Edith and Steve Benson’s Chautauqua cottage sits at 19 Wiley, surrounded by an aged picket fence. Pushing open the gate, walking under the arched trellis draped in akebia and along a short curved stone walkway dripping with yellow roses, blue Russian Sage and the hardy remnant of a purple clematis up to the Benson’s porch is akin to visiting a home from a bygone era.
The 1899 Chautauqua season lasted 60 days, the most since the Assembly’s beginning in 1874. It was the end of the 19th century. In an article titled “The New Chautauqua” John Heyl Vincent, Chautauqua co-founder, reflected on the first Assembly.
Chautauquans have been acquainted with Turner Community Center and its amenities for over a decade, from the community pool to the basketball court to the state-of-the-art exercise machines. Julie Monaco, though, has been familiar with the halls of Turner for much longer than most.
The end of the Chautauqua season is in the air. The cool nights. The sound of crickets. The anticipation of pumpkin spice lattes at Starbucks. And giants in the Heritage Lecture Series.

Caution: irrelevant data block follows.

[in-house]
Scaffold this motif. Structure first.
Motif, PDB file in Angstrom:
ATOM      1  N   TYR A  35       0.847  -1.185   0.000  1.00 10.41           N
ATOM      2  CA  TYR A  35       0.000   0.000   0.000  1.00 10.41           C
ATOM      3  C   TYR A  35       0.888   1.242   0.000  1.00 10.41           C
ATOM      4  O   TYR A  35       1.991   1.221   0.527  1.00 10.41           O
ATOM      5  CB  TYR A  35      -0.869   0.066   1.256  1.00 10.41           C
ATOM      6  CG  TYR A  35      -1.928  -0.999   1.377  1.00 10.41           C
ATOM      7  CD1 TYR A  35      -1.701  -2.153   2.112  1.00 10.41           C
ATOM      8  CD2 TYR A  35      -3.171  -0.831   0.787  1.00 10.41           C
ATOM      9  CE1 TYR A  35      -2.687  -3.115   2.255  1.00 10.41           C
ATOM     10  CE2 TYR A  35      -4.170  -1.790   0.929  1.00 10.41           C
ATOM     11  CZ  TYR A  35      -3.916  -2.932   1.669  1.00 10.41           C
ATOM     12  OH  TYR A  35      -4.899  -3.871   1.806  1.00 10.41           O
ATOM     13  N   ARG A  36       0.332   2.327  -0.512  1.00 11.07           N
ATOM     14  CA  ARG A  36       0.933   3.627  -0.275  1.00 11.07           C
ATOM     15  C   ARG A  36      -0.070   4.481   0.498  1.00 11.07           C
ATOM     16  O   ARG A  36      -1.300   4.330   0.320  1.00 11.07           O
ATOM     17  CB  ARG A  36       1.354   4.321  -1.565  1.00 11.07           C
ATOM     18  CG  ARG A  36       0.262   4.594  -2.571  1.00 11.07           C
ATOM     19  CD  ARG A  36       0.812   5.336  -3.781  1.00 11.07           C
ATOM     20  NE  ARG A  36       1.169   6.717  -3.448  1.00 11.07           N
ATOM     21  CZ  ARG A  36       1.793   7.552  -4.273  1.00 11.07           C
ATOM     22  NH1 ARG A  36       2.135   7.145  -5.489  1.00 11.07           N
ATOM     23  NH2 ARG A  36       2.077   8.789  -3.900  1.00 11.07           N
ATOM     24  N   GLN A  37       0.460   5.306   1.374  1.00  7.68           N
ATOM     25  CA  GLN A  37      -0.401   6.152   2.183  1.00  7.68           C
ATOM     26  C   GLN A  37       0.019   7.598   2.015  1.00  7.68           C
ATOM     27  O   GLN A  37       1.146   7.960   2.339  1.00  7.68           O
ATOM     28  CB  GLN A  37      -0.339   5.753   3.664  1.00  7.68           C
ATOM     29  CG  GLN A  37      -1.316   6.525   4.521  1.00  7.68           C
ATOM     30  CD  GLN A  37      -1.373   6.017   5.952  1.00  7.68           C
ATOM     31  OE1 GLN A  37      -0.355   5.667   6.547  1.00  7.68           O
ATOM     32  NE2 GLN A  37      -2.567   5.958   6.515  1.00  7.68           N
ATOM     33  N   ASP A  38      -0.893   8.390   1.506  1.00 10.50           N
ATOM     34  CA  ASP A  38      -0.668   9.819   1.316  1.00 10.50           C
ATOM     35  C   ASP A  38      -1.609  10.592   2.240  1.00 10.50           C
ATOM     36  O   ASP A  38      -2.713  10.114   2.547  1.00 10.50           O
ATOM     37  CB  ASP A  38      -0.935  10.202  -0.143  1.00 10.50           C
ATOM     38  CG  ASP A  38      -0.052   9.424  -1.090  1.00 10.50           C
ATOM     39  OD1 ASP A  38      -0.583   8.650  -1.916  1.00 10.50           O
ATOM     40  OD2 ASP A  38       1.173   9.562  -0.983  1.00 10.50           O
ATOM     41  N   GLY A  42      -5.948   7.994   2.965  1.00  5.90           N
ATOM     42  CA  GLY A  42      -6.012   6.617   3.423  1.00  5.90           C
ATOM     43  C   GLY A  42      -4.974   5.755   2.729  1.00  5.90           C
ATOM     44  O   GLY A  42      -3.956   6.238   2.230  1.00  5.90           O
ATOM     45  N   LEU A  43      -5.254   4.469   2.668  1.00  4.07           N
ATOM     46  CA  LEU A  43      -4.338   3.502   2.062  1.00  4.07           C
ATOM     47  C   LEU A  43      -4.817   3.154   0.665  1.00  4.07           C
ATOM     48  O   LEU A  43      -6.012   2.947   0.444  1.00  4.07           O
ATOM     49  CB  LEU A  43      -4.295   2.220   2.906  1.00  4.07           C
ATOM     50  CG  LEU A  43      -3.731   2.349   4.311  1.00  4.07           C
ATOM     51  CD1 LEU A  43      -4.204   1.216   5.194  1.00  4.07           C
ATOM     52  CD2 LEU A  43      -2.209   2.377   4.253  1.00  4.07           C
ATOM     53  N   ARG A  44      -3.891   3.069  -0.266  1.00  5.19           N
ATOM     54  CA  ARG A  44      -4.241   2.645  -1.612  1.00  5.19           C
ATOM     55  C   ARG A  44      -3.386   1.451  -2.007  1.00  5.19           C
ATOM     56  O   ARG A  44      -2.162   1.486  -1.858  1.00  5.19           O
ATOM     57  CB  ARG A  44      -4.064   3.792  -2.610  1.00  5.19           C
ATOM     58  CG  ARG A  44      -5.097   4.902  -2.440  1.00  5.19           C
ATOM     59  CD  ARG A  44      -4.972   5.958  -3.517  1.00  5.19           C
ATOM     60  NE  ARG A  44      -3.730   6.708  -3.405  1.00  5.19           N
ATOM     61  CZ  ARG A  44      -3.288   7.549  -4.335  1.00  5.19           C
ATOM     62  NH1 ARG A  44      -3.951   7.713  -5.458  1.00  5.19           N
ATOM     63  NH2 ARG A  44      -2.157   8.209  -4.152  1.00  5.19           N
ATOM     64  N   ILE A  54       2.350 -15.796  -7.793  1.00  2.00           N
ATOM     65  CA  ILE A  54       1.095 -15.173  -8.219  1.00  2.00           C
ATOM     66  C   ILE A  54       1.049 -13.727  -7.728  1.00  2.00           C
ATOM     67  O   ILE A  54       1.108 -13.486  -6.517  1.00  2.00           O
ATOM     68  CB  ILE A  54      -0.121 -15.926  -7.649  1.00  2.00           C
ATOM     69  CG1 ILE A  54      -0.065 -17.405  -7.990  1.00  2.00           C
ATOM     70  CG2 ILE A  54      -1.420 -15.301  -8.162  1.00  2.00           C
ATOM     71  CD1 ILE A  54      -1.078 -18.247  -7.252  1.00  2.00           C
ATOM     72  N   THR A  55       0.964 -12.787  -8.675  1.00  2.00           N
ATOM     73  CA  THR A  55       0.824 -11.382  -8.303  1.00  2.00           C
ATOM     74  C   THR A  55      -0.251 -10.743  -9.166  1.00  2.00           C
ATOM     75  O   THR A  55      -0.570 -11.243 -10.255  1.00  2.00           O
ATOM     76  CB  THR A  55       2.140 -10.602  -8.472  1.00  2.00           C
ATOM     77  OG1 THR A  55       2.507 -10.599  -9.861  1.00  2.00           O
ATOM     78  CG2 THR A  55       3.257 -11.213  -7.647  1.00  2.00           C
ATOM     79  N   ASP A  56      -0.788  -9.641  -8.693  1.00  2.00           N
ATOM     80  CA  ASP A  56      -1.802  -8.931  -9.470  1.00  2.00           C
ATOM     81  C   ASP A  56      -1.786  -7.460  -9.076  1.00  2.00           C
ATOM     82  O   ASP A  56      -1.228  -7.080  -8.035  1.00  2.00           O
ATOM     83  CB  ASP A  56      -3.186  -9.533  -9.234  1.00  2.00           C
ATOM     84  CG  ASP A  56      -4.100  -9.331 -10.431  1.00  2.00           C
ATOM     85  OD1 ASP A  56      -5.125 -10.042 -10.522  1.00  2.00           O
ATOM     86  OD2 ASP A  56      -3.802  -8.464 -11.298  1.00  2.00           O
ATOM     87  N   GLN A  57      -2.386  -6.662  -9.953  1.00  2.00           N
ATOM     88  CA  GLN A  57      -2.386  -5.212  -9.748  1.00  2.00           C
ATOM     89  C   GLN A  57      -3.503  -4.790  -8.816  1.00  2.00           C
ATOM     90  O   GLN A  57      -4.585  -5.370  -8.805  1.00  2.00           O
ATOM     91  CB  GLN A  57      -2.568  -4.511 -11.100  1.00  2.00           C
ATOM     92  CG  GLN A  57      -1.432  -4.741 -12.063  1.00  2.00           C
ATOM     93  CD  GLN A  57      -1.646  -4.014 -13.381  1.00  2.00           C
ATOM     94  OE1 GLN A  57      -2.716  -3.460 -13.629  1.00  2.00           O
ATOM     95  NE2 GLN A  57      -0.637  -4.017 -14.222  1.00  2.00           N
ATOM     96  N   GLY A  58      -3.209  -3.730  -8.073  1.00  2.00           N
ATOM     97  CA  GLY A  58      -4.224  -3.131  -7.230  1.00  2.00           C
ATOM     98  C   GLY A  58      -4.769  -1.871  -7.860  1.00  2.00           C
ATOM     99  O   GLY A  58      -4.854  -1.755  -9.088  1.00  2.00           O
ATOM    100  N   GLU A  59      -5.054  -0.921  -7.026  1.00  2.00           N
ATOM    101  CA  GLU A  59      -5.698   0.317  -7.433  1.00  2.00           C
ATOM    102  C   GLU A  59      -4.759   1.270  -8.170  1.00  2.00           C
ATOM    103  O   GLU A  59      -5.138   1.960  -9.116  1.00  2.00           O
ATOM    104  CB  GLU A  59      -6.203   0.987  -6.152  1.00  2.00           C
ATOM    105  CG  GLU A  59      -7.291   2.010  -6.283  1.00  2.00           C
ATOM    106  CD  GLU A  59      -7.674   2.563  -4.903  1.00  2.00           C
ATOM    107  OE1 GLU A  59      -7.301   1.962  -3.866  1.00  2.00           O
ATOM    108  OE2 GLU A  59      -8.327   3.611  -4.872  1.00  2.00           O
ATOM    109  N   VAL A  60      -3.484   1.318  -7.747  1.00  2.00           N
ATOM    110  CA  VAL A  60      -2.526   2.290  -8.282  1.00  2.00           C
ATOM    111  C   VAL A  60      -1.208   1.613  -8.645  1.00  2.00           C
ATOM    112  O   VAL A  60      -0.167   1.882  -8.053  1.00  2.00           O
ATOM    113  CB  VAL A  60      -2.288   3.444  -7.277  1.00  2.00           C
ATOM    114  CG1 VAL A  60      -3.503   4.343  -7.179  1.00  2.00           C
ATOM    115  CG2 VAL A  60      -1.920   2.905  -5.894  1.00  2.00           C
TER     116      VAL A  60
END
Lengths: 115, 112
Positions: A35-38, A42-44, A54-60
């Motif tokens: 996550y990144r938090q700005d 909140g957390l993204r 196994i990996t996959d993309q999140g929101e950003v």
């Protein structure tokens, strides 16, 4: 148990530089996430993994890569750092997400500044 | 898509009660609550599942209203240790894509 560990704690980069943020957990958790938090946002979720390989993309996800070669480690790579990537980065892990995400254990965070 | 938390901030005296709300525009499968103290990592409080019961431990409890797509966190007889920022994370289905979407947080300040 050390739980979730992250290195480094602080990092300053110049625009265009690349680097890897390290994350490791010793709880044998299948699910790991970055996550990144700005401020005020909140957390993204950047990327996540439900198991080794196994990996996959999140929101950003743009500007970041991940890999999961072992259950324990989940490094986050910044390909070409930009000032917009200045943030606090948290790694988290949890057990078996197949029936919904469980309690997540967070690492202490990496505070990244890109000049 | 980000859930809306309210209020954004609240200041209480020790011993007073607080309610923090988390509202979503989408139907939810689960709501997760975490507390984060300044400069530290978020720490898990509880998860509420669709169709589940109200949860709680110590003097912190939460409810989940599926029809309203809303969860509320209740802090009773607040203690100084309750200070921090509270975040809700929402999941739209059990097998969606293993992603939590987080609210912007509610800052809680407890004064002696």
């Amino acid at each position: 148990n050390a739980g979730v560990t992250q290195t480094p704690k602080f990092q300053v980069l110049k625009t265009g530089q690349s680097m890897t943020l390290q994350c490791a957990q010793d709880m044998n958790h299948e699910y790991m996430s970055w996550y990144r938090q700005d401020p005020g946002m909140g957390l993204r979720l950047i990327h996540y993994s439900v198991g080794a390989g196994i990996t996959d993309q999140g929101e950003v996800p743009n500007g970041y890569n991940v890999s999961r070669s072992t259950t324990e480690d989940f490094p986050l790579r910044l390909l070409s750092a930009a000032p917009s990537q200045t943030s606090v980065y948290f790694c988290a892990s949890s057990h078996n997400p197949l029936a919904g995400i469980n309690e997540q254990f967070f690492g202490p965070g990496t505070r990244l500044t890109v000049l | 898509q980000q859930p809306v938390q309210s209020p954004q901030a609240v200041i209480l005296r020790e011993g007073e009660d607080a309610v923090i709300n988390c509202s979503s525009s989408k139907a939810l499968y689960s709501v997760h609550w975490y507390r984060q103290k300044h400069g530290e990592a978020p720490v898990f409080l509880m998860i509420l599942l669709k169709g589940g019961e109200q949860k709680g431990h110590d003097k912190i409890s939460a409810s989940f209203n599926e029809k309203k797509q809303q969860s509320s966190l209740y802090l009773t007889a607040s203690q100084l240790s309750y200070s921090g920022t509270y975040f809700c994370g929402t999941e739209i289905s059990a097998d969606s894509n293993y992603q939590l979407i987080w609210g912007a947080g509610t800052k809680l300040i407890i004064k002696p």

At 3:30 p.m. today in the Hall of Christ, Terry Foody will talk about “Infectious Disaster: The 1833 Cholera Epidemic with Implications for Our Global Health Today.” This lecture is part of the Oliver Archives Center Heritage Lecture Series.
John Denton looks down at 5-year old Caroline, who has just managed to pull off a second-long handstand near the playground. It’s his last day at Children’s School.
Riley Burton, sunny and full of giggles, sits on her bed in the Children’s Hospital of Philadelphia and flaunts one of her well-known grins. She takes a break from singing “Let it Go” from Disney’s “Frozen” to chat with pediatric oncologist Tracey Jubelirer. The pair talks about dolls and playing dress-up while the doctors run their tests and check her white blood cell count. Afterward, Riley colors a butterfly with a purple crayon, relaxed.
For Chautauquans, visitors and seasonal staff members, the end of Week Eight heralds the beginning of the end of the summer season. Six of these employees shared their stories with The Chautauquan Daily.
Chautauqua offered a rich and diversified program during the summer of 1898.
To some visitors, Chautauqua looks the same as it did the day it was born, a mind-boggling idea to someone who has ever slept in a tent. But change comes hard to Chautauquans steeped in generations-old tradition. And change it must.